Routine functions are those work activities the employee regularly performs at least once per week.


Question 
Do I have to record restricted work or a job transfer if it applies only to the day on which the injury occurred or the illness began?

Answer
No. 


Question 
If a work restriction is recommended, is the injury or illness automatically recordable as a "restricted work" case?

Answer
No, record only if the employee is kept from:

  • performing one or more routine job functions; or 
  • working the full workday they otherwise would have worked. 

Question 
How do I record a case where the worker works only for a partial work shift because of a work-related injury or illness?

Answer 
As a day of job transfer or restriction.  Do not count the day on which the injury occurred or the illness began.


Question 
If a worker normally works ten hours a day, but is restricted by an injury or illness from working more than eight hours per day, is the case recordable ?

Answer 
Yes, if an injury or illness keeps the employee from working the full workday they would have otherwise been scheduled to work, the case is recordable as a work restriction.


Question 
If the worker produces fewer goods or services due to the injury or illness, but otherwise performs all of their routine functions, is the case considered a restricted work case?

Answer
No, the case is considered restricted work only if the worker is kept from:

  • performing all of their routine job functions; or
  • working the full workday they otherwise would have worked. 

Question 
How do I handle vague recommendations for restrictions (e.g. perform "light duty" or "take it easy for a week”) from a physician or other licensed health care professional ?

Answer 
You may ask the individual making the recommendation whether the employee can do all their routine job functions and work a full assigned work shift.

  • If the answer to both question is "Yes," then the case does not involve a work restriction and does not have to be recorded as such.
  • If the answer to one or both questions is "No," the case involves restricted work and must be recorded as such. 
  • If additional information can not be obtained, record the injury or illness as a case involving restricted work.

Question 
What do I do if a physician or other licensed health care professional recommends a job restriction meeting Cal/OSHA's definition, but the employee does all of their routine job functions anyway?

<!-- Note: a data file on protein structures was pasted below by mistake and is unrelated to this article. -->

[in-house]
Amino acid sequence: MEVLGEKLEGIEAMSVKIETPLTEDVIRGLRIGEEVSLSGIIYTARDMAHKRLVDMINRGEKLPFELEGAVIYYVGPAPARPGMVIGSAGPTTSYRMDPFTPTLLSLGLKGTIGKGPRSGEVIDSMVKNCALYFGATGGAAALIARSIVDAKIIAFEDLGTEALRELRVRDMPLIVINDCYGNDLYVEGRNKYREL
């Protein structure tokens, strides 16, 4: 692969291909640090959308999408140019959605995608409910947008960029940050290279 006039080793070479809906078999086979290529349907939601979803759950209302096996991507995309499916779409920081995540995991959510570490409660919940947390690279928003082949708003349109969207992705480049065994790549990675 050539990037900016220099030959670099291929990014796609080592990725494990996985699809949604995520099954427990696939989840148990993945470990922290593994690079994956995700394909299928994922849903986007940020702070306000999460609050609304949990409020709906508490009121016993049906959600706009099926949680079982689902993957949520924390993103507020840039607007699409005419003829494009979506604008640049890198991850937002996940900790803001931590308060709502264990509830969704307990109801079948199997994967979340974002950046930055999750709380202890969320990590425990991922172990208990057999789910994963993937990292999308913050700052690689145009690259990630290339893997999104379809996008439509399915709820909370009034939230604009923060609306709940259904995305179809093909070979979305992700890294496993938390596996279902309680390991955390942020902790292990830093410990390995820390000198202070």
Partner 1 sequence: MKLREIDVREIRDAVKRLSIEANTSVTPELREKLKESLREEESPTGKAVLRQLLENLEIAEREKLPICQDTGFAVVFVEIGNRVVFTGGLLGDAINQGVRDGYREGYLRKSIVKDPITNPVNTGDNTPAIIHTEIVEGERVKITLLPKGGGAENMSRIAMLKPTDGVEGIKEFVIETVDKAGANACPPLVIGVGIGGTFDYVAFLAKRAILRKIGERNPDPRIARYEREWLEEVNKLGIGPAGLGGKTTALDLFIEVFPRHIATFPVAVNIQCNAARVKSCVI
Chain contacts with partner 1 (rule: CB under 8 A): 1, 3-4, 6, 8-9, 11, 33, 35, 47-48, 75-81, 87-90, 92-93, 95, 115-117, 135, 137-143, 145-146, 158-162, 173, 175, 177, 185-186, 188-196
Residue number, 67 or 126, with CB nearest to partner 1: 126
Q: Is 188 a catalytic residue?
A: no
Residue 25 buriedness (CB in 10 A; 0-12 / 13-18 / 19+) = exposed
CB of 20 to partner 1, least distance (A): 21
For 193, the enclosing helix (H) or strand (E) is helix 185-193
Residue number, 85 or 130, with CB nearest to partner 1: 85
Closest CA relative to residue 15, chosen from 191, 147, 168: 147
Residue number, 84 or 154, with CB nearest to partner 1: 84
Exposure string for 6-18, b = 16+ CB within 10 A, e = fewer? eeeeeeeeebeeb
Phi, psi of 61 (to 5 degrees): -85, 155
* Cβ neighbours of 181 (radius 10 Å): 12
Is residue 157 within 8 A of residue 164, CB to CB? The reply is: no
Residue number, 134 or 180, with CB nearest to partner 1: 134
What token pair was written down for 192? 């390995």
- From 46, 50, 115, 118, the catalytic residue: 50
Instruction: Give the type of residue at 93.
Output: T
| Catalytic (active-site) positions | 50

Answer
Record it as a restricted work case and ensure that the employee complies with the restrictions. If two or more recommendations are received, make a decision as to which is the most authoritative and record the case based upon that recommendation.


Question 
How do I decide if an injury or illness involved a transfer to another job?

Answer 
If the employee is assigned to a job other than their regular job for part of the day, the case involves transfer to another job.  Exclude the day on which the injury or illness occurred.


Question 
Is an employer subject to a possible citation if an employee fails to follow a recommended work restriction by a physician or other licensed health care professional?

Answer 
No. Section 14300.7 (b)(4)(H) of the new Cal/OSHA recordkeeping regulation states "the employer should ensure that the employee complies with a recommended work restriction". However, this language is advisory only and does not impose and enforceable duty on employers to ensure that employees comply with recommended restrictions.


Question 
Are transfers to another job recorded in the same way as restricted work cases?

Answer
Yes, both are recorded in the same box on the Cal/OSHA Form 300.


Question 
How do I count days of job transfer or restriction?

Answer 
The same way you count days away from work.  The only difference is that if the employee is assigned:

  • permanently to a job that has been modified or permanently changed (to eliminate the routine functions the employee was restricted from), stop day count when the modification or change is made permanent, but count at least one day of restricted work or job transfer for such cases.

Question 
How long must a employee be assigned to a modified or changed job before the assignment can be considered “permanent”?

Answer